There are ~N~ houses in the city of Waterloo, conveniently numbered from ~1~ to ~N~. These houses are connected by ~M~ roads (the ~i~-th connecting houses ~a_i~ and ~b_i~) such that it is possible to travel between any pair of houses using the roads. As part of an ambitious city renovation plan, each of the ~M~ roads are to be painted in various colours. A path in this new network is deemed colourful if it contains roads of at least two different colours.
Of course, such a large project must take community needs into account. As such, the colouring of the roads must ensure that there is at least one path between Arid Alice's house ~A~ and Boring Bob's house ~B~ that is not colourful. Furthermore, it must also ensure that all paths from Colourful Caiden's house ~C~ to Diverse Dachi's house ~D~ are colourful. Any colouring satisfying these conditions is deemed valid.
Either determine that no valid colouring exists, or find any valid colouring that
- Minimizes the total number of colours used (because paint is expensive).
- Ensures that the length of the shortest non-colourful path from ~A~ to ~B~ is the minimum possible over all valid colourings.
~4 \le N \le 2 \times 10^5~
~3 \le M \le 2 \times 10^5~
~1 \le a_i, b_i \le N~
Each road connects two different houses, and no two roads connect the same pair of houses.
~1 \le A, B, C, D \le N~
~A~, ~B~, ~C~, and ~D~ are pairwise distinct.
Subtask 1 [4/15]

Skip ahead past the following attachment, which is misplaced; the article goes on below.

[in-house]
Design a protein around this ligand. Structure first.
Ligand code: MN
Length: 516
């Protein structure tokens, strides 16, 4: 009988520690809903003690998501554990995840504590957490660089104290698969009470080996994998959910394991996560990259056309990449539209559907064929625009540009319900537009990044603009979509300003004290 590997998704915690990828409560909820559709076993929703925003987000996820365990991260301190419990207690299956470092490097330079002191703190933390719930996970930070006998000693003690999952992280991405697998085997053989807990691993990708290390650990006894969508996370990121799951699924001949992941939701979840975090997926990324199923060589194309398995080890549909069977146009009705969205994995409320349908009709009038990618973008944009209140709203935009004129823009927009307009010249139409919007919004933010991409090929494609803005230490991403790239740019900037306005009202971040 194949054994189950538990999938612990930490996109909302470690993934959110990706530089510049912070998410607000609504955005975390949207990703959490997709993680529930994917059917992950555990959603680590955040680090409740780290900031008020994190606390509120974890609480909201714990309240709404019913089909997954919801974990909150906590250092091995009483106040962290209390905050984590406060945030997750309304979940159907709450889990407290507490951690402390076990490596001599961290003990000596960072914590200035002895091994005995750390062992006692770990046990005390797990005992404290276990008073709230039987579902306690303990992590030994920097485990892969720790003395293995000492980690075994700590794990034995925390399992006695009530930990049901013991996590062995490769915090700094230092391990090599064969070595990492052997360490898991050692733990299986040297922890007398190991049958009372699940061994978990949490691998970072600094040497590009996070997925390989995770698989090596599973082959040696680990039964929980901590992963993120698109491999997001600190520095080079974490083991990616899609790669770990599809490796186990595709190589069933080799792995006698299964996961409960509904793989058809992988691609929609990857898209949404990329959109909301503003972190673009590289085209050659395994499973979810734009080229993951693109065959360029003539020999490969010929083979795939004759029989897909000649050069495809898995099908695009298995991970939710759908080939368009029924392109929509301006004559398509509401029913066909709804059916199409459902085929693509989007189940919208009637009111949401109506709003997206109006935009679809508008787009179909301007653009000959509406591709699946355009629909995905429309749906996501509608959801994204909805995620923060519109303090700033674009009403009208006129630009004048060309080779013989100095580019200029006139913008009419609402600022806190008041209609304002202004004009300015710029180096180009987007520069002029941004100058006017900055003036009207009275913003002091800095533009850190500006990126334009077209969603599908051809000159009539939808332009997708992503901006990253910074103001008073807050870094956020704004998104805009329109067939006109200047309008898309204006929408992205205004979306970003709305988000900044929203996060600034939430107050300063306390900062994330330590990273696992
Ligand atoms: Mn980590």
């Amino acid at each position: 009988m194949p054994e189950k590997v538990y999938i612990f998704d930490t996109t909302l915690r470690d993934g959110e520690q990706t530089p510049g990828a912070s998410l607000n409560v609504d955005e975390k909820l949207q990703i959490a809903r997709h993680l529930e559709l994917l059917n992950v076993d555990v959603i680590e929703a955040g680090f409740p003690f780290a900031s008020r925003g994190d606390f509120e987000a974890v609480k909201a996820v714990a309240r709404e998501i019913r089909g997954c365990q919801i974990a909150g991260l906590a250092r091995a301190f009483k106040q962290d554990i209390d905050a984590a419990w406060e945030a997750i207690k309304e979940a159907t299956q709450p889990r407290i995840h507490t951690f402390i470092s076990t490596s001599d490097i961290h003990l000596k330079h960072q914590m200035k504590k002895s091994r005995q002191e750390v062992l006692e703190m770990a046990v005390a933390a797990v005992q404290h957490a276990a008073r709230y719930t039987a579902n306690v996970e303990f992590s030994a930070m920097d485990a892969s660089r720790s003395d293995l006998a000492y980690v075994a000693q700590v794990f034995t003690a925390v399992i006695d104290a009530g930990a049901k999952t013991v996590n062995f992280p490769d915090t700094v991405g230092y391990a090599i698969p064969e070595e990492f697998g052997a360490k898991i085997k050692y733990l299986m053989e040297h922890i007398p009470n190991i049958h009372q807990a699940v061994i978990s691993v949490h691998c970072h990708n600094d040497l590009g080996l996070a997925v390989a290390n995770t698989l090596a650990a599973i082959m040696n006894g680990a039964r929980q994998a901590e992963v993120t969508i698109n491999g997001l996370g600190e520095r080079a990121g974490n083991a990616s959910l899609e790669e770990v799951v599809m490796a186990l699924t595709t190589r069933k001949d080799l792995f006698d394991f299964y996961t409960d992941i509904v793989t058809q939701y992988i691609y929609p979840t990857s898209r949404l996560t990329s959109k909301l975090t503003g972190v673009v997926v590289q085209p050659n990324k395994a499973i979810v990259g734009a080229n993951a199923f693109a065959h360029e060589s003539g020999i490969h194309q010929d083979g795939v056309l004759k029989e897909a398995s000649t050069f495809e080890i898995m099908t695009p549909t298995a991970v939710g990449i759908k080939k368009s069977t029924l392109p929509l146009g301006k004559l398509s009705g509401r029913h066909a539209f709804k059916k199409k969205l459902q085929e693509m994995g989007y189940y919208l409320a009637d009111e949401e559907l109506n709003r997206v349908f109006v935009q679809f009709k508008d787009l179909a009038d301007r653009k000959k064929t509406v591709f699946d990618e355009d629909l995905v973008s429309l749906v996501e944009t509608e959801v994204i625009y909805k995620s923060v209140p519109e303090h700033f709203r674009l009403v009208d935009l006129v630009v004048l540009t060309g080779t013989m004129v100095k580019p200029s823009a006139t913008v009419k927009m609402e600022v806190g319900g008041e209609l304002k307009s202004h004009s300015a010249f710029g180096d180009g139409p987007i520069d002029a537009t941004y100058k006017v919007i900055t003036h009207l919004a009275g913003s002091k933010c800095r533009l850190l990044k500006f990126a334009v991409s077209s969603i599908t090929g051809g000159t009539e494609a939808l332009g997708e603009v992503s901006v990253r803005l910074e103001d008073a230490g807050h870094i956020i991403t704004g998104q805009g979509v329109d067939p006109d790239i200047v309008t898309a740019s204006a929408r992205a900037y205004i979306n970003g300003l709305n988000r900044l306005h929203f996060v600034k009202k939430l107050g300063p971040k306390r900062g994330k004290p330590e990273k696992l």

~M = N - 1~
In this subtask, you will get 2/15 points if you correctly determine whether a valid colouring exists in all test cases.
Subtask 2 [11/15]
No additional constraints.
In this subtask,
- You will get 3/15 points if you correctly determine whether a valid colouring exists in all test cases.
- You will get an additional 3/15 points if for all cases where a valid colouring exists, you output a valid colouring that minimizes the total number of colours, but the length of the shortest non-colourful path from ~A~ to ~B~ is not the minimum possible over all valid colourings.
The first line contains ~2~ integers ~N~ and ~M~.
The next ~M~ lines each contain ~2~ integers ~a_i~ and ~b_i~.
The last line contains ~4~ integers ~A~, ~B~, ~C~, and ~D~.
If no valid colouring exists, output ~-1~ on its own line.
Otherwise, output ~K~ ~(1 \le K \le 10^9)~ on the first line, denoting the number of colours used in your solution. For full marks, ~K~ should be minimized.
Then, on the ~i~-th of the next ~M~ lines, output a single integer ~c_i~ ~(1 \le c_i \le K)~, representing the colour of the ~i~-th road.
Note that a solution which does not heed the output format provided above will not be rewarded with any points.
Sample Input 1
7 7 1 2 3 1 4 5 7 3 6 5 1 4 3 6 2 7 6 4
Sample Output 1
2 1 1 2 1 1 1 2
Explanation for Sample 1
The colouring of the roads is shown in the diagram above. It can be verified that there is a non-colourful path from ~A~ to ~B~ with minimum length over all valid colourings, and that all paths from ~C~ to ~D~ are colourful. Note that this is not the only possible solution to this sample case.
Sample Input 2
4 3 1 2 2 3 3 4 1 2 3 4
Sample Output 2